OCEAN CITY – The City Council decided this week against contracting with an engineering consultant firm to represent the city when, or if, property owners appeal to the federal government over proposed changes to flood insurance rates.
The decision means Ocean City will remain the middle man between property owners and the Federal Emergency Management Agency (FEMA) when it comes to individuals appealing proposed changes to the Flood Insurance Rate Map (FIRM).
The Town of Ocean City received a letter in February from Flood Insurance and Mitigation Administration Chief of Engineering Managment Branch Luis Rodriguez explaining the 90-day appeal process for the proposed changes in the FIRM and Flood Insurance Study (FIS).
According to the letter, the proposed flood hazard determinations, if finalized, will become the basis for the floodplain management measures that Ocean City must adopt or show evidence of having in effect to remain qualified for participation in the National Flood Insurance Program (NFIP). However, FEMA will provide community officials and citizens an opportunity to appeal the proposed flood hazard information presented on the preliminary FIRM and FIS report.
During the 90-day appeal period, any owner or leasee of property in Ocean City who believes their rights will be adversly affected by the proposed flood hazard determinations may appeal to the Town of Ocean City, or to an agency the town publicly designates. The appeal data must then be submitted to FEMA. Only appeals of the proposed flood hazard determinations supported by scientific or technical data can be considered before FEMA makes its final flood hazard determination.
The letter furthers, if FEMA does not receive an appeal or other formal comment from the Town of Ocean City in its own name, they will consolidate and review appeal data and comments from individuals the town will forward, and FEMA will make such modifications to the proposed flood hazard information presented on the FIRM and in the FIS report as may be appropriate.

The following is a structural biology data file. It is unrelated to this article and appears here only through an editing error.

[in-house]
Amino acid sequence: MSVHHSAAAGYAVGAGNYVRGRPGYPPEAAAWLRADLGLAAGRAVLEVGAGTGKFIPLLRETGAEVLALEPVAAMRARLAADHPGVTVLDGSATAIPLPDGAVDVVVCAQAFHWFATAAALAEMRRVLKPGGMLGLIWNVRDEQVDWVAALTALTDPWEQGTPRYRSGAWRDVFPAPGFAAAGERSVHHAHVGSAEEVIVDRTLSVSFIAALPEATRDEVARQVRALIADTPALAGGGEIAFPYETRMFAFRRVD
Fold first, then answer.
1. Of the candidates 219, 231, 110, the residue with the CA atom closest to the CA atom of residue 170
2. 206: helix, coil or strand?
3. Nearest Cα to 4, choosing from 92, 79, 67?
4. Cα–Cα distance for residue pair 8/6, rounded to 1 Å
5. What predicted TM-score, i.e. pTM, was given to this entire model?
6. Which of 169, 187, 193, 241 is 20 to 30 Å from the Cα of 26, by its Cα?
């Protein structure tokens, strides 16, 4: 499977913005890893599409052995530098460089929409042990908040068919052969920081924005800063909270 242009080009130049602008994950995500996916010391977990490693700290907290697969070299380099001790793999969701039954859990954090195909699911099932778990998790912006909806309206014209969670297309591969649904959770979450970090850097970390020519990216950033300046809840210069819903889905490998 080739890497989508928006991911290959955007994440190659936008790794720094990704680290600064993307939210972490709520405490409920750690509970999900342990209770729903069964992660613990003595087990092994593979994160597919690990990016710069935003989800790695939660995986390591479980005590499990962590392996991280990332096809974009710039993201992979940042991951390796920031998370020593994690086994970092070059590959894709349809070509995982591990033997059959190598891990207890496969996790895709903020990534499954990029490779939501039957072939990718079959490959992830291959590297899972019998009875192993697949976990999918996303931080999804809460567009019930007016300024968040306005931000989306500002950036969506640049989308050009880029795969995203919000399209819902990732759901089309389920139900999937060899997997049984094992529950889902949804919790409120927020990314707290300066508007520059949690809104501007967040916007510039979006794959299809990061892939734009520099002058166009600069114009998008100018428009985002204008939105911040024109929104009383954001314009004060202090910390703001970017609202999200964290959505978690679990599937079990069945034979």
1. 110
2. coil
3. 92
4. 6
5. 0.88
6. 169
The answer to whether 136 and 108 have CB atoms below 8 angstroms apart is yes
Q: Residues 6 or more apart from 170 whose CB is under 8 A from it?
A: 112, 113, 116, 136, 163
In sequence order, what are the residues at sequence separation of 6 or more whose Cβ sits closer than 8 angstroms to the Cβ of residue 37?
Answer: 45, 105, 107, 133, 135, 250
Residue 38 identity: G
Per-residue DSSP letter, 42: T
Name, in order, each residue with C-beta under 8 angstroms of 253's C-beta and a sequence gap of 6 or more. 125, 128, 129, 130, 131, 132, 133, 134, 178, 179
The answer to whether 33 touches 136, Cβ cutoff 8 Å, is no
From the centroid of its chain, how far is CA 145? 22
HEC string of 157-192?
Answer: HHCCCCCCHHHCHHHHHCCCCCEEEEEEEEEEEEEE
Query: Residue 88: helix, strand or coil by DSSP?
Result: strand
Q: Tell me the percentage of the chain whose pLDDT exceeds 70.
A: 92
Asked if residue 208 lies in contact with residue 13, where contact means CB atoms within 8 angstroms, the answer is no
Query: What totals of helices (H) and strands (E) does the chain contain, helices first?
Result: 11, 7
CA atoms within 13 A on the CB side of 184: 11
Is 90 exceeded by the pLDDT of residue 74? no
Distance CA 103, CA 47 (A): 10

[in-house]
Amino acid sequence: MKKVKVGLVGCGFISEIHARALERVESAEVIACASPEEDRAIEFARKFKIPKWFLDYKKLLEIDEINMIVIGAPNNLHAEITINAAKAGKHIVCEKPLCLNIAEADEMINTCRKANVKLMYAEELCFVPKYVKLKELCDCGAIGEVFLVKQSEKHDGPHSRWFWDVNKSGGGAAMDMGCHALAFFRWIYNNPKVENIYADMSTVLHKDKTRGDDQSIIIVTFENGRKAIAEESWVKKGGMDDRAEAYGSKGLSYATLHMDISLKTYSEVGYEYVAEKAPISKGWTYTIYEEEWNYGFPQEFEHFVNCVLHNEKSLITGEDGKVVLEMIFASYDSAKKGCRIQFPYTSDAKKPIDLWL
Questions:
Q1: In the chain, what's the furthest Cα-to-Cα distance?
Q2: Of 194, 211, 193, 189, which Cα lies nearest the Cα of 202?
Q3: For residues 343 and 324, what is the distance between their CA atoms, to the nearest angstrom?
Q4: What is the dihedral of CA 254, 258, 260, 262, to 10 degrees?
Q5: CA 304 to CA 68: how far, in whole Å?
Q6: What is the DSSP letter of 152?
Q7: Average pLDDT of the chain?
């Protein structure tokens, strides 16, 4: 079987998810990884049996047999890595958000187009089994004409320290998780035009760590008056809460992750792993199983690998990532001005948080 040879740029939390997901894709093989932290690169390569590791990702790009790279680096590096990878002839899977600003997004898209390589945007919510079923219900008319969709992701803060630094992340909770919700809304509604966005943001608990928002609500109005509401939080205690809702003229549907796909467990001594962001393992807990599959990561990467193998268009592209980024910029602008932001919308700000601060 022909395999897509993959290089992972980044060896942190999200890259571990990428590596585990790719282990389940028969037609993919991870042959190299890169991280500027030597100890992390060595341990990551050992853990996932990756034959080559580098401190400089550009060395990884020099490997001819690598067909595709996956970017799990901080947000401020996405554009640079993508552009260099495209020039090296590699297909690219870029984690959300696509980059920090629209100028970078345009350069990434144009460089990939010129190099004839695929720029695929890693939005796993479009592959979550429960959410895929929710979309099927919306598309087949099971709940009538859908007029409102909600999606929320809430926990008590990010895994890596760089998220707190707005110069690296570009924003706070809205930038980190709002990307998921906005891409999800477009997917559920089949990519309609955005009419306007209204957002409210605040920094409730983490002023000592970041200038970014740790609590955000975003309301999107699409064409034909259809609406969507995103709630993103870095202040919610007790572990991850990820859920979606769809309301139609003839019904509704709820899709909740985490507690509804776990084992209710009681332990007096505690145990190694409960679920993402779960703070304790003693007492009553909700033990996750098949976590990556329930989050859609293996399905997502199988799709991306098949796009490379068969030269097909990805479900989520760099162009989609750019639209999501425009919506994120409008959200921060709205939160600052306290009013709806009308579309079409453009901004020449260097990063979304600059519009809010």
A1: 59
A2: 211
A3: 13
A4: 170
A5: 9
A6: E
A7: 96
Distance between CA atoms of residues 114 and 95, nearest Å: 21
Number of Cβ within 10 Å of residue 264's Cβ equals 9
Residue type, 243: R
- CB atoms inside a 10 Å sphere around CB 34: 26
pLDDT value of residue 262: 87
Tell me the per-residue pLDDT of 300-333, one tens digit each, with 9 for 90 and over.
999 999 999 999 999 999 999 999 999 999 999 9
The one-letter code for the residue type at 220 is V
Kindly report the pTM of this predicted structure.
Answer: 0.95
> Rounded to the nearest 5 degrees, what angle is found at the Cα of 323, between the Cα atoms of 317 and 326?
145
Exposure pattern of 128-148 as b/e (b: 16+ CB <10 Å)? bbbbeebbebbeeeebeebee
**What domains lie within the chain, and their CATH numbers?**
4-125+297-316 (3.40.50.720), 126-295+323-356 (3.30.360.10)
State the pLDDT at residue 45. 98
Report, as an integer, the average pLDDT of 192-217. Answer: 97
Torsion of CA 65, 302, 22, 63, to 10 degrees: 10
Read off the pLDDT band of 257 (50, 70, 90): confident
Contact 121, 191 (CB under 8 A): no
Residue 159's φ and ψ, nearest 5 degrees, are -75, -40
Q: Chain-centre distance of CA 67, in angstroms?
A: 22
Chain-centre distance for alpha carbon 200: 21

If the Town of Ocean City decides to appeal in its own name, all individuals’ appeal data must be consolidated into one appeal by the town, because in this event FEMA is required to deal only with the local government as representative of all local interests.
Director of Planning & Community Development Matt Margotta explained to the Mayor and City Council during Monday evening’s regular session, FEMA has created an update to the FIRM affecting Ocean City, as well as completed a public review process for the proposed updated maps. The advertised 90-day appeal period is open until June 12.
The current process being followed is the Town of Ocean City receives appeal applications from Ocean City property owners and sends them to FEMA Region III for review. However, the town can choose to endorse pre-FIRM appeal applications from Ocean City property owners by hiring an engineering consultant firm to evaluate and endorse applications.
Margotta did not recommend the town endorse pre-FIRM appeal applications due to city staff not being certified to evaluate any applications.
According to Margotta, the town has not received any pre-FIRM appeal applications to date but acknowledged several property owners from north Ocean City, more specifically 143rd to 146th streets, areas proposed to be rezoned as A0, will most likely have a significant increase in flood insurance costs and therefore are likely planning on submitting an appeal.
“We do not believe there is anything wrong with the data that FEMA used to make its determination,” City Manager David Recor said of staff’s recommendation to pass on hiring an engineering consultant. “We believe that $100 million in beach nourishment and protection measures for the beach have been successful and the information that FEMA relied on to make its determination is in large part due to that investment. Their determinations have to be scientifically or technically incorrect and if a property owner believes that data is flawed it is their responsibility to fill out an application consistent with the criteria that is outlined in the statute. We will facilitate that process but not are recommending that we be responsible for challenging that data.”
Councilman Joe Mitrecic pointed out the number of applications to be received is unknown, and if the town chose to hire an engineering consultant, it will leave an open check, most likely to reach at least $15,000 per application.